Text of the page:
Amid the conflict between Russia and Ukraine, the UK’s central bank has urged cryptocurrency firms to enforce sanctions.
On Friday, the Bank of England and the Financial Conduct Authority (FCA) issued a joint statement reiterating that financial services firms, including the crypto asset sector, are “expected to play a role” in enforcing sanctions. Financial regulators said they are working with international partners to address concerns that digital assets allow people to avoid punitive economic measures.
The Financial Conduct Authority has written to regulated cryptocurrency firms in the United Kingdom to remind them of their responsibilities in ensuring sanctions are applied.
Cryptocurrency firms have come under scrutiny during the conflict between Russia and Ukraine. While cryptocurrency has proven to be an essential source of fundraising for the Ukrainian government, which has received over $60 million in digital asset donations, governments are concerned that it will circumvent punitive economic measures imposed on Russia.
Shortly after the invasion, Ukraine’s Vice Prime Minister demanded that all Russian and Belarusian accounts blocked on cryptocurrency exchanges. The world’s largest cryptocurrency exchanges, including Binance, Coinbase, and Kraken, have resisted calls for a blanket ban on Russian users.
On Monday, a proposed rule that effectively amounts to a ban on the leading cryptocurrency bitcoin will be voted on by European Union (EU) parliamentarians, with the outcome largely unknown.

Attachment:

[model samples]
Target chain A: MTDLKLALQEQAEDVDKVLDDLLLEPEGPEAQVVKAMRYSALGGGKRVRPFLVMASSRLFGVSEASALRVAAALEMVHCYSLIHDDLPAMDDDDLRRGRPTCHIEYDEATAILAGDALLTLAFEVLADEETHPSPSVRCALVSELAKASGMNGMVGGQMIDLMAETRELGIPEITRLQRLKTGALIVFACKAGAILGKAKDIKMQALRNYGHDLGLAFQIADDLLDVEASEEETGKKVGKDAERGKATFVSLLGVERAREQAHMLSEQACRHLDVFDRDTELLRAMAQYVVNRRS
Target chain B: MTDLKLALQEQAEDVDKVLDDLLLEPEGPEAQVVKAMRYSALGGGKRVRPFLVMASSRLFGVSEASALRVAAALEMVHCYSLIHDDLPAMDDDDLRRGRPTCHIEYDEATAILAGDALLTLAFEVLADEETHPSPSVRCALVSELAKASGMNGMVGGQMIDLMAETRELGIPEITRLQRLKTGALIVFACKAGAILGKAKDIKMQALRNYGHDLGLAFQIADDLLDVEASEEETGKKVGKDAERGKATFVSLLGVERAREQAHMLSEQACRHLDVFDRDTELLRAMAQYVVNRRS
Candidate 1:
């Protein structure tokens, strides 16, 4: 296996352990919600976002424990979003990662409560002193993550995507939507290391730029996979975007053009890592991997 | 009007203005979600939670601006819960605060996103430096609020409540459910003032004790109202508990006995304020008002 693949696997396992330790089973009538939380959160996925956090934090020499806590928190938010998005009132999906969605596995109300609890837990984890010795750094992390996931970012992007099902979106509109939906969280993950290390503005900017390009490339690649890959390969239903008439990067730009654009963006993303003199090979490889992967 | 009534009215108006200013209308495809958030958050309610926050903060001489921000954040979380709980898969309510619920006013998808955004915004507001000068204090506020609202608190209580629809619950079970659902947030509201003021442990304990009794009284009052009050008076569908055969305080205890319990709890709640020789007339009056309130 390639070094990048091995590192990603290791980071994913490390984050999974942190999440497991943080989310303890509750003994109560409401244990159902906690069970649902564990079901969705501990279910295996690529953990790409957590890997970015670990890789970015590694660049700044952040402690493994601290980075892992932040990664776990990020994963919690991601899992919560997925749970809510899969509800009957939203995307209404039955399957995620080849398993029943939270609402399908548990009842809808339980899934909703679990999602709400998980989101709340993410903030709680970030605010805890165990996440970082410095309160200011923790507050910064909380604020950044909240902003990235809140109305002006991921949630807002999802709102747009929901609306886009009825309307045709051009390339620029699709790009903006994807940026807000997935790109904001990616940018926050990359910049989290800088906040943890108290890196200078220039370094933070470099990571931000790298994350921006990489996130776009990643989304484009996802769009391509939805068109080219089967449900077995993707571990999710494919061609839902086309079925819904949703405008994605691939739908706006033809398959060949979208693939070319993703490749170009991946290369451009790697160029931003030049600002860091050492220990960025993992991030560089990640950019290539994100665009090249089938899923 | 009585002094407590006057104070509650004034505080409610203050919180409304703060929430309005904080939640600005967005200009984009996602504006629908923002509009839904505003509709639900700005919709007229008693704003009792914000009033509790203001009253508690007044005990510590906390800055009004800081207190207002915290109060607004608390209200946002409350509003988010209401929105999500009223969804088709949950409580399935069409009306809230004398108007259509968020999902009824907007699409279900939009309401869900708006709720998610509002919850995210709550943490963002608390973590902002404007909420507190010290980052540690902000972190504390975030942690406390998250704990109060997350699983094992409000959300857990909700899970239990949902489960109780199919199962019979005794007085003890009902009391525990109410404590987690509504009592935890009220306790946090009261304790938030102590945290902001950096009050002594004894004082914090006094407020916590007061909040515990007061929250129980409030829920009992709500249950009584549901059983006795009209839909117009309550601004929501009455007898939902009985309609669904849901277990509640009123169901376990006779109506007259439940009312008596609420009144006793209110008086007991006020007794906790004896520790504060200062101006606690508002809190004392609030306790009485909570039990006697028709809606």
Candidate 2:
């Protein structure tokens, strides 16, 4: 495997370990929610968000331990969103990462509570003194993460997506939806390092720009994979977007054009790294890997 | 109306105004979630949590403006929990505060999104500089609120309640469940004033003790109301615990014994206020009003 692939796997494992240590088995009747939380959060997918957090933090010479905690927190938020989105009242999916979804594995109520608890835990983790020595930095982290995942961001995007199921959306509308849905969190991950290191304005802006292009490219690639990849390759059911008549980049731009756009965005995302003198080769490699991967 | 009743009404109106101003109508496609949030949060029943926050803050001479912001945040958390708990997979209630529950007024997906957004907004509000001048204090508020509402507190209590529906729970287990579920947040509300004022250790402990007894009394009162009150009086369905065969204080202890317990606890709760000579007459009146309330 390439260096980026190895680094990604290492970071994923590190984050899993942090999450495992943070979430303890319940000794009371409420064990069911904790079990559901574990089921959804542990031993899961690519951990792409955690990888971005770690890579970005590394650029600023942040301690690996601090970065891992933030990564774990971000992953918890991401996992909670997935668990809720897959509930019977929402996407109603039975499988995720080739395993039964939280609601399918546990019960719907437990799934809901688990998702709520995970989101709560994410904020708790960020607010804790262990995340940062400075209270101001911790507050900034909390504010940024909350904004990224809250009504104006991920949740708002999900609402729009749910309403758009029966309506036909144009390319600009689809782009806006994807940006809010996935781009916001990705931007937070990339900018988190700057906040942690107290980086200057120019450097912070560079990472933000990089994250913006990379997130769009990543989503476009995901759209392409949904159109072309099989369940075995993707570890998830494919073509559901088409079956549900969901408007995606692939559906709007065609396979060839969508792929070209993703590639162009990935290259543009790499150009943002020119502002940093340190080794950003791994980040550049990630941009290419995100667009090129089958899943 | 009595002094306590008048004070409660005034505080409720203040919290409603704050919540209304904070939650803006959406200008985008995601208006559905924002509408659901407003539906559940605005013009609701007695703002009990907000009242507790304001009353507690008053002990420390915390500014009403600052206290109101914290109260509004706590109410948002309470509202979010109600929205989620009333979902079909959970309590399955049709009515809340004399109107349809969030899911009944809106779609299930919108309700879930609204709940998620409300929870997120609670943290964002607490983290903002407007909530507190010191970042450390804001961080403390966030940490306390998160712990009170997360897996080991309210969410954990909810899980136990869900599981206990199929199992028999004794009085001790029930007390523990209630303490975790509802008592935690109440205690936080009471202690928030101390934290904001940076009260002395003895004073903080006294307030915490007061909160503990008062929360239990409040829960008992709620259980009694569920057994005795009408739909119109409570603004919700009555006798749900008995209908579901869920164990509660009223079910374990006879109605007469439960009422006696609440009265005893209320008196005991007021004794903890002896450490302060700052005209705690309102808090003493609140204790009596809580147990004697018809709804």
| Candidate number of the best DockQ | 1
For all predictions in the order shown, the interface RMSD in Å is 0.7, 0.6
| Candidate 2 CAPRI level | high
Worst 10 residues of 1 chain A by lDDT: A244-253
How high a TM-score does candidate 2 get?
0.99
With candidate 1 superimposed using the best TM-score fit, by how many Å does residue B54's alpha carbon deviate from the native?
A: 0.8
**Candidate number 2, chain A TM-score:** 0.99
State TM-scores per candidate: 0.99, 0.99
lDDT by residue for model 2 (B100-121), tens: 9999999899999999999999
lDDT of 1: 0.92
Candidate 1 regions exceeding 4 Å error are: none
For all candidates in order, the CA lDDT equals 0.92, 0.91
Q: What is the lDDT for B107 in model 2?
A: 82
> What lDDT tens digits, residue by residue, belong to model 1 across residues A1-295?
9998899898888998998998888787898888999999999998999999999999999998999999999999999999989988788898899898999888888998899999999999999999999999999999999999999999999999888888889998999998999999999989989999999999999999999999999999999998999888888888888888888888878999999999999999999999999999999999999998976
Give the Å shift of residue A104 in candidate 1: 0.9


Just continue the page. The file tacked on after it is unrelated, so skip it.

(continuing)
The Economic and Monetary Affairs Committee of the European Parliament set to vote on a draft of the proposed Markets in Crypto Assets (MiCA) framework, the EU’s comprehensive legislative package for governing digital assets.
The rule proposes a phase-out plan for cryptocurrencies like bitcoin and ether, which are already traded in the EU, to shift their consensus mechanism from proof-of-work to other methods that use less energy, such as proof-of-stake.
Although there are plans to transition ethereum to a proof-of-stake consensus mechanism, it is unclear whether the same option exists for bitcoin.
The provision drew a swift rebuke from the crypto community around the world.
An earlier version of the provision proposed outlawing proof-of-work crypto in the EU beginning in January 2025. Stefan Berger, the EU parliamentarian overseeing the MiCA framework’s content and progress, has been attempting to reach a compromise on proof-of-work restrictions.
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